I am trying to follow the Minister's argument, I understand that gradually all the plant will 507 become the property of the State. I brought up this matter the other day when we were discussing the industrial development of atomic energy and its by-products. Some of us would like to see this concern nationalised, but according to the Minister's statement there could be a kind of managerial organisation which would manage it in perpetuity for the State. Some of us are anxious that this should be taken over by the State as a nationalised concern.
§ Mr. Henry Usborne (Birmingham, Acock's Green)
I think the Minister said that for the time being he had asked the people who had done this in the past to continue. Is it quite clearly understood by them that it is for the time being, and not in perpetuity?
§ Mr. Wilmot
Nothing is in perpetuity. The property is not passing gradually; it is passing all at once. We are buying outright the property, business goodwill, plant, and everything else. There is a team of people who have been doing this work, who have acquired experience and knowledge in working together, and nobody else has got that experience. Therefore, I am hiring that experience for the purpose of managing this new business which we have bought. I disagree with my hon. Friend the Member for Reading (Mr. Mikardo) on this matter. I do not regard the employment of efficient managing agents of a publicly-owned undertaking as necessarily giving us the worst of both worlds. It may indeed give us the best of both worlds, because we buy the best technical experience that exists, we use it for the purposes which the Government determine, we take all the profit out of the operation, and we have a well run and efficiently managed publicly-owned undertaking—and publicly-owned undertakings can only be justified if they are efficiently managed. The important thing here is to get on with the job at once and have the most efficient management available.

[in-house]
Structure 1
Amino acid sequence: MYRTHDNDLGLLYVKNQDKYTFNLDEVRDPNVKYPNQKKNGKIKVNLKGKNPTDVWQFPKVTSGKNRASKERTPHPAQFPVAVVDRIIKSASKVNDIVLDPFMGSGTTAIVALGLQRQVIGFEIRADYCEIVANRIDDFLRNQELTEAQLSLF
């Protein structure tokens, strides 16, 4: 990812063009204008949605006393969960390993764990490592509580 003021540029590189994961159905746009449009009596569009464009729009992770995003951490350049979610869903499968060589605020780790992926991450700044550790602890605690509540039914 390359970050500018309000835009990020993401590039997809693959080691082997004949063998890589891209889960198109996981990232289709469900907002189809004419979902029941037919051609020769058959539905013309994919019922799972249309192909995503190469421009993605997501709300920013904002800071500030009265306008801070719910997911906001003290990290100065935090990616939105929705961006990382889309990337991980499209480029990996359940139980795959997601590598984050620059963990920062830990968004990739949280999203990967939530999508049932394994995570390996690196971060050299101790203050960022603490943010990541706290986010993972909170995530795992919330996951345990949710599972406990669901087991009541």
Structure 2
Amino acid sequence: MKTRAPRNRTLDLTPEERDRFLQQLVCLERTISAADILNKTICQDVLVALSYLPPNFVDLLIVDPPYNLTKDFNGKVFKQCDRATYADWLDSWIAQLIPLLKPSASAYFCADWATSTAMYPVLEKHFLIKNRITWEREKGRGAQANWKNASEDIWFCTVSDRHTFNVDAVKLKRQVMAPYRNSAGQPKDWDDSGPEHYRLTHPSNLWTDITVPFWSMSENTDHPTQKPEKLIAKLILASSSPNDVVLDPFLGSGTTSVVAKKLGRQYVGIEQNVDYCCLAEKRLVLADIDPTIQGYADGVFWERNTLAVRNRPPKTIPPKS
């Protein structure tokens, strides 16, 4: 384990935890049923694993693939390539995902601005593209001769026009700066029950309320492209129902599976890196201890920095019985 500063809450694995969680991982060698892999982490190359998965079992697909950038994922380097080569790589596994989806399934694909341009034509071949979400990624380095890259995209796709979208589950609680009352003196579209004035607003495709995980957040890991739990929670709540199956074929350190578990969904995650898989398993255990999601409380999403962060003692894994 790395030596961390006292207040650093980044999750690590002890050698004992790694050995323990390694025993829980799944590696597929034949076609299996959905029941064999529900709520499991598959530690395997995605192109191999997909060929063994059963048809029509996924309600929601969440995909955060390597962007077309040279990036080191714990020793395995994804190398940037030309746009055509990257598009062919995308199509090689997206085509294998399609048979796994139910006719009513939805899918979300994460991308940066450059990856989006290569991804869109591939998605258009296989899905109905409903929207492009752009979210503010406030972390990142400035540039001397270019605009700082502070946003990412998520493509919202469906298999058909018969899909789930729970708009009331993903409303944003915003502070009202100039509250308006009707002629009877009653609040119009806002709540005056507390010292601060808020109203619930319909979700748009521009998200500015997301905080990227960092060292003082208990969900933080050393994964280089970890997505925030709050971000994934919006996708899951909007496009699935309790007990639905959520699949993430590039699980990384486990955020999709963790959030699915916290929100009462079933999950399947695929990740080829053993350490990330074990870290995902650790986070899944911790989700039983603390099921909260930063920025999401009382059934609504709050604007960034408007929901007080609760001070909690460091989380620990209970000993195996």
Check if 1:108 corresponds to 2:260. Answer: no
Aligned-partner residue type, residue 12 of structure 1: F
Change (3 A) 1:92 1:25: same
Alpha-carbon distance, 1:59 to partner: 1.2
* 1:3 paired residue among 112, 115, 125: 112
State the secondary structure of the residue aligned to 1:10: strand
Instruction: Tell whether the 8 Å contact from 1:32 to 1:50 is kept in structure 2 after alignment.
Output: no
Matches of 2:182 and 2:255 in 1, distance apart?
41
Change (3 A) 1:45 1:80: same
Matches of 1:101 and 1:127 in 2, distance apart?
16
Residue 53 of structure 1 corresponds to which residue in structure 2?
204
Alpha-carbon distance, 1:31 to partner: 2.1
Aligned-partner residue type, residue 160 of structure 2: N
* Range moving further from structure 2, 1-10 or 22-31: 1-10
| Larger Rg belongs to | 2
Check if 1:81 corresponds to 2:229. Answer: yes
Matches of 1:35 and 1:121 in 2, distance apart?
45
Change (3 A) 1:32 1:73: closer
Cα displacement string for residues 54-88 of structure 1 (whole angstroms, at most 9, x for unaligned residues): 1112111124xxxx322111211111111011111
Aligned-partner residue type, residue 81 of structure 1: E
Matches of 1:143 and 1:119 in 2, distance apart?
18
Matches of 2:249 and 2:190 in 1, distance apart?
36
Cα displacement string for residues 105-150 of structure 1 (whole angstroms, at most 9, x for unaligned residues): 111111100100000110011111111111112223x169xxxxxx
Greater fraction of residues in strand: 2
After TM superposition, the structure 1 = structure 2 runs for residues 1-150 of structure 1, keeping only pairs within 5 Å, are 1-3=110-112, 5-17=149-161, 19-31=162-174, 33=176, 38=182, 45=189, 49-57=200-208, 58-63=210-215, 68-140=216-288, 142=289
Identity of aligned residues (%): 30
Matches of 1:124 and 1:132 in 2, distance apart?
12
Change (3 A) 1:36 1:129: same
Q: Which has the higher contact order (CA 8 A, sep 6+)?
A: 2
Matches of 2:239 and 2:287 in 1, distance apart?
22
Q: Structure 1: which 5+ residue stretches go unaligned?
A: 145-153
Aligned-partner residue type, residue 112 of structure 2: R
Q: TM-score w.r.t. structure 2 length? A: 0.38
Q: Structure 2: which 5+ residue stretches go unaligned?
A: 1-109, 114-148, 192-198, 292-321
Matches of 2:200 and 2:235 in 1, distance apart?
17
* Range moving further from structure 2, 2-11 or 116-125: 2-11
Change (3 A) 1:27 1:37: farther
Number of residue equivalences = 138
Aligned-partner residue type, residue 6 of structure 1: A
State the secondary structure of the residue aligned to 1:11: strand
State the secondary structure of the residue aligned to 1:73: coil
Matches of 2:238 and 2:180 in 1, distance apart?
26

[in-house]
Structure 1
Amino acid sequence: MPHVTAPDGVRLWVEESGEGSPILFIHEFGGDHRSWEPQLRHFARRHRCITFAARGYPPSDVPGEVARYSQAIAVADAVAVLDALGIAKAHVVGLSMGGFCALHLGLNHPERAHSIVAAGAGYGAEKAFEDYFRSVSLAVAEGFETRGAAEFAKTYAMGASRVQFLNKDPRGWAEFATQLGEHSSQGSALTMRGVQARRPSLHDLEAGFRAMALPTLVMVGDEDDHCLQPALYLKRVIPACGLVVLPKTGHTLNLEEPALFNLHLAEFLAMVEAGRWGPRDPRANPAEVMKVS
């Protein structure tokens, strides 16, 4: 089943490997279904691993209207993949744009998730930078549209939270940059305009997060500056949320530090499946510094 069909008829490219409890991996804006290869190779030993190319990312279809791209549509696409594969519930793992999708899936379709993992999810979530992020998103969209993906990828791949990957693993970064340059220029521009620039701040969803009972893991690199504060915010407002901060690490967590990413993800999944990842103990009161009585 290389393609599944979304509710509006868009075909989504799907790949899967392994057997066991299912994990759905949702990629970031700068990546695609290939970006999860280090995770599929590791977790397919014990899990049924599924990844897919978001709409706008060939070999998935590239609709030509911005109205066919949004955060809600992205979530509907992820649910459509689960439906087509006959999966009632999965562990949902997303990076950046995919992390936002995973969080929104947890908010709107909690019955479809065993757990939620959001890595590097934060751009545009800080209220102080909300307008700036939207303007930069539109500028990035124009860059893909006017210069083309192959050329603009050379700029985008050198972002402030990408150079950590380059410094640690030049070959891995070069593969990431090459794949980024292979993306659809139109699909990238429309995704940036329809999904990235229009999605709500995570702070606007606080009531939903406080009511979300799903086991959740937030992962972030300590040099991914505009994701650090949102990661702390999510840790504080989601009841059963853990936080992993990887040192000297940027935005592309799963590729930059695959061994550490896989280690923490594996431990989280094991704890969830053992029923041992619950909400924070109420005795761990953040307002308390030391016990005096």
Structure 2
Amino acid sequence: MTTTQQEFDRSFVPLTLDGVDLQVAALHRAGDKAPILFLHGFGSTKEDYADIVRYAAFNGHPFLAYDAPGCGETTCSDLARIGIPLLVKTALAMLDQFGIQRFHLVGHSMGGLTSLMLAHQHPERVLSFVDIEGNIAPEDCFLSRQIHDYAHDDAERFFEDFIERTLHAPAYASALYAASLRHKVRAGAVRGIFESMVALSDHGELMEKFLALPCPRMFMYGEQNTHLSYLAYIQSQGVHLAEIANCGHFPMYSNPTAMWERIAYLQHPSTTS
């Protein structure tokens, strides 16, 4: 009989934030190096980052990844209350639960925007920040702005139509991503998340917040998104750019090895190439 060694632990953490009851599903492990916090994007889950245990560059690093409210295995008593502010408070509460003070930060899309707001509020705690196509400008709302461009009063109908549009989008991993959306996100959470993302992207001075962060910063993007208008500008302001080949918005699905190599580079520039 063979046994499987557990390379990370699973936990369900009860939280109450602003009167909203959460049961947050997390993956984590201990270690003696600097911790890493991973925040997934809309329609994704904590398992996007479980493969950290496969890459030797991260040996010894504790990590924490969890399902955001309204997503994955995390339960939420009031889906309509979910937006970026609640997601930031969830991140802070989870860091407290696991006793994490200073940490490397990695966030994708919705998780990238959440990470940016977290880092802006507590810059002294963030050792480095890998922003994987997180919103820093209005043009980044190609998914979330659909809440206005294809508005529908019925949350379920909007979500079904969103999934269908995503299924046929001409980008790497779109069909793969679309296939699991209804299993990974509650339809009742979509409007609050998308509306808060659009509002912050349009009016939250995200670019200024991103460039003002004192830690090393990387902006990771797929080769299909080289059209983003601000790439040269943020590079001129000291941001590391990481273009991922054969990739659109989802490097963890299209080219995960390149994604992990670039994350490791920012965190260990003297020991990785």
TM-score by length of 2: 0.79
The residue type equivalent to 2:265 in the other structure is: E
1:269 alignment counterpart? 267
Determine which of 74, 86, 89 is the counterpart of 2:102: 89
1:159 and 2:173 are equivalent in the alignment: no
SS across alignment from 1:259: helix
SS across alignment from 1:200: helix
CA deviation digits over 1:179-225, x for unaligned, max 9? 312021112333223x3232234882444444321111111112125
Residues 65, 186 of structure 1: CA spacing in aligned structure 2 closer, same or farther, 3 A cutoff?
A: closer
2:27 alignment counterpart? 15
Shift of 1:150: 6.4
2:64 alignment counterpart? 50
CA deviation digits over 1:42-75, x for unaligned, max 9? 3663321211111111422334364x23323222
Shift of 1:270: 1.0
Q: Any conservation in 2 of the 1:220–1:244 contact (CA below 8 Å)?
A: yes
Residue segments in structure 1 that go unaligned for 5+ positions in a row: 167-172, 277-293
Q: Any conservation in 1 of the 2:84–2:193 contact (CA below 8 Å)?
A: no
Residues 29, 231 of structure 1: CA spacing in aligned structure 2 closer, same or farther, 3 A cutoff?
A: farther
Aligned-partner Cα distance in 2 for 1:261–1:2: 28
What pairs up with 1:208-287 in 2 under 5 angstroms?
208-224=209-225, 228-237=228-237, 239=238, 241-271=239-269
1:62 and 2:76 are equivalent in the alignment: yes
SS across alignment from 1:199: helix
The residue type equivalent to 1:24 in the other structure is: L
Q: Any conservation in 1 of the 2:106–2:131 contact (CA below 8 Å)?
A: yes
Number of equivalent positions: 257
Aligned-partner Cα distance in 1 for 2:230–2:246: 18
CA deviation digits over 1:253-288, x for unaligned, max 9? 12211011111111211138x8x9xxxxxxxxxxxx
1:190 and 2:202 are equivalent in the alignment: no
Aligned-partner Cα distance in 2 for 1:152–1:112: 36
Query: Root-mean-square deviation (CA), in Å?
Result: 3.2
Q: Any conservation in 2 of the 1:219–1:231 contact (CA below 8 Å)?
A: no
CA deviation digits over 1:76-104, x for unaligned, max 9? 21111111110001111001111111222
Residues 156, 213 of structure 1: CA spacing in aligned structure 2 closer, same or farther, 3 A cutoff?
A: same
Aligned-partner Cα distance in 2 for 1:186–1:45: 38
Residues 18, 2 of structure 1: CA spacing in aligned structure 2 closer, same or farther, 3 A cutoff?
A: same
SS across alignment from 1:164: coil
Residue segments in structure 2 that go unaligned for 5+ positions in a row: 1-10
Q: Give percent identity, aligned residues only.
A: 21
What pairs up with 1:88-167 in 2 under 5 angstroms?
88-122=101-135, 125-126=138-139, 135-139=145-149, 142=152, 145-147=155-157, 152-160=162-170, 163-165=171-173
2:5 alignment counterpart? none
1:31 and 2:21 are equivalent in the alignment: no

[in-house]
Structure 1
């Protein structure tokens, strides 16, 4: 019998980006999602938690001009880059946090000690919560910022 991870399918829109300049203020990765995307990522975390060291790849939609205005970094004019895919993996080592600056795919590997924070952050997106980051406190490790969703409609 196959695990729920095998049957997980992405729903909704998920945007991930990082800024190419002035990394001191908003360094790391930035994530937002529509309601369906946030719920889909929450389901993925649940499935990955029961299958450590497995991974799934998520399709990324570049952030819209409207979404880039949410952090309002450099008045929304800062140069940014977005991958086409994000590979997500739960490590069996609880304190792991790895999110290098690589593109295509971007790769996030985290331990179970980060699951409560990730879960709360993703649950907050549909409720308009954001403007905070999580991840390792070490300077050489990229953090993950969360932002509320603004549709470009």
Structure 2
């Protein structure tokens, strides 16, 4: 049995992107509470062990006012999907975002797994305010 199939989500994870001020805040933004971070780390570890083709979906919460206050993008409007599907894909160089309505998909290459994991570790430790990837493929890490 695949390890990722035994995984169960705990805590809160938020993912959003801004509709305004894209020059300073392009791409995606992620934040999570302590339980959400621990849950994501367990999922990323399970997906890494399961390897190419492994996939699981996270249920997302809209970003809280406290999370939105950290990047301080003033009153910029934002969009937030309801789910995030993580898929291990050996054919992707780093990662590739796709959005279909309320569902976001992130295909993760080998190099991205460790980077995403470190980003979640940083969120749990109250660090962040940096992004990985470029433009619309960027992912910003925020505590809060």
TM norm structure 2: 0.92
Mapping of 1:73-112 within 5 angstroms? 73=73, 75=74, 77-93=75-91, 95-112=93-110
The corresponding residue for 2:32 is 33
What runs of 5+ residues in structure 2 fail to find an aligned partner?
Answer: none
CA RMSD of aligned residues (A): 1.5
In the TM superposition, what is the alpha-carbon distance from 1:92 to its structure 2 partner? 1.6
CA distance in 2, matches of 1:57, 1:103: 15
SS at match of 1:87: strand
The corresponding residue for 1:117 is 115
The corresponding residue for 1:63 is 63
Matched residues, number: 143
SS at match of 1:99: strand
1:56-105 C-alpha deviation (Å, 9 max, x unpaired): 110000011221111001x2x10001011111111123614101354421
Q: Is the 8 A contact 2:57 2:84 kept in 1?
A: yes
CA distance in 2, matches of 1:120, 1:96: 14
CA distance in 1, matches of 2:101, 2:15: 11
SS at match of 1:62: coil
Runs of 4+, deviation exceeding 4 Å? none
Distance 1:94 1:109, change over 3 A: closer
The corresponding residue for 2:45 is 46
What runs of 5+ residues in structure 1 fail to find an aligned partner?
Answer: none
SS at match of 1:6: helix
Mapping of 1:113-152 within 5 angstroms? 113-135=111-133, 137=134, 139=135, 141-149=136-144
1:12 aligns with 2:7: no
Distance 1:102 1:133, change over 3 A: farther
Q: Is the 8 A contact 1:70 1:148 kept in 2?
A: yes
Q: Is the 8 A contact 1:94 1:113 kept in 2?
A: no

§ 12.15 p.m.
§ Mr. Usborne
Since the Minister says he is hiring the experience of these people, I take it he means there are some individuals who will be for the time being spending all their time on this project. That being so, is there any real reason why they should not be employed by this corporation? If they are spending all 508 their time on this job, where is the sense in having them on loan? Why not employ them?